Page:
Alternatively, a company may issue warrants to an investor that will allow the investor to purchase a fixed percentage of shares equal to a fixed percentage of the outstanding equity securities at the time of exercise. Fixed percentage warrant generally does not require price-protection anti-dilution provisions (discussed below). As the number of shares the Warrantholder can purchase is calculated at the time of exercise, fixed percentage warrants can disproportionately impact other shareholders of the company, including its founders, if the company issues additional shares prior to exercise by the Warrantholder of the fixed percentage warrant. Any start-ups and emerging companies that are considering issuing fixed percentage warrants should determine whether there will be any inadvertent consequences of doing so and should consider if fixed percentage warrants should expire prior to a specific event, such as the company’s next round of financing.
The exercise price (the “Strike Price”) of a warrant is the price of each share underlying the warrant. The Strike Price of a warrant can vary dramatically depending on the context in which the warrant will be issued. In certain circumstances, companies will set the Strike Price at or above the fair market value of the underlying securities. In other circumstances, the Strike Price will be set at a nominal value, which are typically called “penny warrants.” The Strike Price could also be calculated based on a predetermined formula or based on the future valuation of the start-up or emerging company.
The warrant may be subject to anti-dilution provisions, which are intended to protect the Warrantholder’s right to receive the value that was negotiated at the time of issuance of the warrant. Certain corporate actions taken by the Issuer during the term of the warrant may have a dilutive effect on the value of the underlying securities, such as consolidation of the company’s outstanding shares or distribution to shareholders of additional shares by way of dividend. A down round may also trigger price-protective anti-dilution provisions—this occurs where the company issues shares at a lower price per share than had been sold in a prior round. For price-protective anti-dilution provisions, the formula used to determine the manner in which the warrants will be adjusted is often a negotiation point.
Start-ups and emerging companies must carefully consider how a down-round will impact the warrant terms. Anti-dilution provisions may adjust the Strike Price and/or the number of underlying shares that are exercisable. The adjustment should be proportionate and reflective of the triggering event and place the Warrantholder in substantially the same position but for the triggering event. Both the Warrantholder and the emerging company must carefully consider how any anti-dilution provisions are drafted. This includes ensuring that there are appropriate carve-outs for predetermined events—such as equity issued as compensation—that do not inadvertently trigger the anti-dilution provisions.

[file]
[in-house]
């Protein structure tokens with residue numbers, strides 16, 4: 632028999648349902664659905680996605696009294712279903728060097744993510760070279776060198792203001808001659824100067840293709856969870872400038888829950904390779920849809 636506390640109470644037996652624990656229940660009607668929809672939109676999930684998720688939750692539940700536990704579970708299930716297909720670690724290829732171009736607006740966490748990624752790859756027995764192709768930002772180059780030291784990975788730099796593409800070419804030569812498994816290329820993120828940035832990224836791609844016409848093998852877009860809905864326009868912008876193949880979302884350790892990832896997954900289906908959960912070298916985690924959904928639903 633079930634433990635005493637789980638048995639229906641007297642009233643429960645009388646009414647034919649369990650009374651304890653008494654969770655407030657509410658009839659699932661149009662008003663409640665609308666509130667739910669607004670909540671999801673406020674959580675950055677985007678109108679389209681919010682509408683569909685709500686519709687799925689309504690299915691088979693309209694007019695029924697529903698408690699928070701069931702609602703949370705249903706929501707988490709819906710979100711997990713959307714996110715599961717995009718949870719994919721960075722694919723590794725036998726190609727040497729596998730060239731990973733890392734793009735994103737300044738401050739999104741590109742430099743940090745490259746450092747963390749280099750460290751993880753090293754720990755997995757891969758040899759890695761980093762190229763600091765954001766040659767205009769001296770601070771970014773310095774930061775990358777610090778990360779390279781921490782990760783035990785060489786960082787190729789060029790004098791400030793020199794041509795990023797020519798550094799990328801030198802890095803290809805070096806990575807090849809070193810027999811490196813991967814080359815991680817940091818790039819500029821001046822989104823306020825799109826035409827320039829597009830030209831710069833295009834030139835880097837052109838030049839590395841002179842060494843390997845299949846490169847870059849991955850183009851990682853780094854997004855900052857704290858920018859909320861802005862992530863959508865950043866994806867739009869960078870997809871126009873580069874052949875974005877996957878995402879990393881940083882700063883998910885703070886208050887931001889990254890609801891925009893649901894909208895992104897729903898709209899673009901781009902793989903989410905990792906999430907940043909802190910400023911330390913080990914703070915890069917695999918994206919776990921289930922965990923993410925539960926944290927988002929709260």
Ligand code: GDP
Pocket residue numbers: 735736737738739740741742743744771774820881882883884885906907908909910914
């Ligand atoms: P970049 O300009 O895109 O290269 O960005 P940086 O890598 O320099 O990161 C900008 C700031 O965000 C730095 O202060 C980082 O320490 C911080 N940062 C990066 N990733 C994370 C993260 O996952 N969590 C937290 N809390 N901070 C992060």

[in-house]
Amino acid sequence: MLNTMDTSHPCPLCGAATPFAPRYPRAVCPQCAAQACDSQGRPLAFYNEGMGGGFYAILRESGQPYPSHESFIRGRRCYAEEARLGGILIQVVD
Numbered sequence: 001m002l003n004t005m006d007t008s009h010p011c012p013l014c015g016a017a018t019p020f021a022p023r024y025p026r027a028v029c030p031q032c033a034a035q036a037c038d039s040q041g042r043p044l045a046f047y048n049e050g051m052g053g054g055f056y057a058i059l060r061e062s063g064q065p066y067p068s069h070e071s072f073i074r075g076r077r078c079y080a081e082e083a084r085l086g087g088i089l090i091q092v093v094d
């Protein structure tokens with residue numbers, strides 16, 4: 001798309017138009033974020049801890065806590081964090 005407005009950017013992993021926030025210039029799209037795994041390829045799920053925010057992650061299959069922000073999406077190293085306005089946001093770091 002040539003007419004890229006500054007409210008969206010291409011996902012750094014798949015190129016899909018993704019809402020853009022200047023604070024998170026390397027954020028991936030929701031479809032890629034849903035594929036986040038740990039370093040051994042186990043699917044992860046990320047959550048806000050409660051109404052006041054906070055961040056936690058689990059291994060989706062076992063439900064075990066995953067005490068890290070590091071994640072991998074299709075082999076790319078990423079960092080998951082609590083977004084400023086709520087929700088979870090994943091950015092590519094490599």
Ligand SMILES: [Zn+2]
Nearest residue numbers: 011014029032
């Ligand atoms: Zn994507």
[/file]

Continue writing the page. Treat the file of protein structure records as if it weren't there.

Warrants are exercisable up until a specific time, often referred to as the expiration date or maturity date. The term will depend on many factors, including the nature of the deal. Generally, a longer term increases the value of the warrant because there is a greater likelihood of the company’s success over time and, therefore, a more significant payout as the shares appreciate.
The term may be subject to adjustment provisions if certain fundamental changes are undertaken by the Issuer during the term of the warrant. For example, triggering events for term adjustment provisions may include an amalgamation, merger or disposition of the Issuer’s assets. In the case of these events, the term of the warrant may accelerate so that each outstanding warrant will, after the completion of such an event, be exercisable for the kind and amount of shares that the Warrantholder would have otherwise been entitled to receive immediately prior to the effective date of the event.
When determining the term of the warrant, start-ups and emerging companies must do so in the context of their growth strategy. As discussed above, the type of warrant and its terms may also need to be considered when establishing the expiration date of any warrant.
Exercise of Warrants
Most warrants will be freely exercisable in whole or in part by paying the cash exercise price. Some warrants also allow for what is called a “cashless exercise.” Cashless exercise entitles the Warrantholder to apply the exercise price against the aggregate value of shares it will receive. This is achieved by decreasing the number of shares the Warrantholder will receive by an amount equal to the exercise price that the Warrantholder would have been required to pay for exercising its warrants.
If used correctly, warrants can be a useful tool to incentivize investors and secure critical relationships with customers, buyers, sellers, and partnerships. However, start-ups and emerging companies must carefully consider the warrant terms to ensure they effectively support their long-term growth.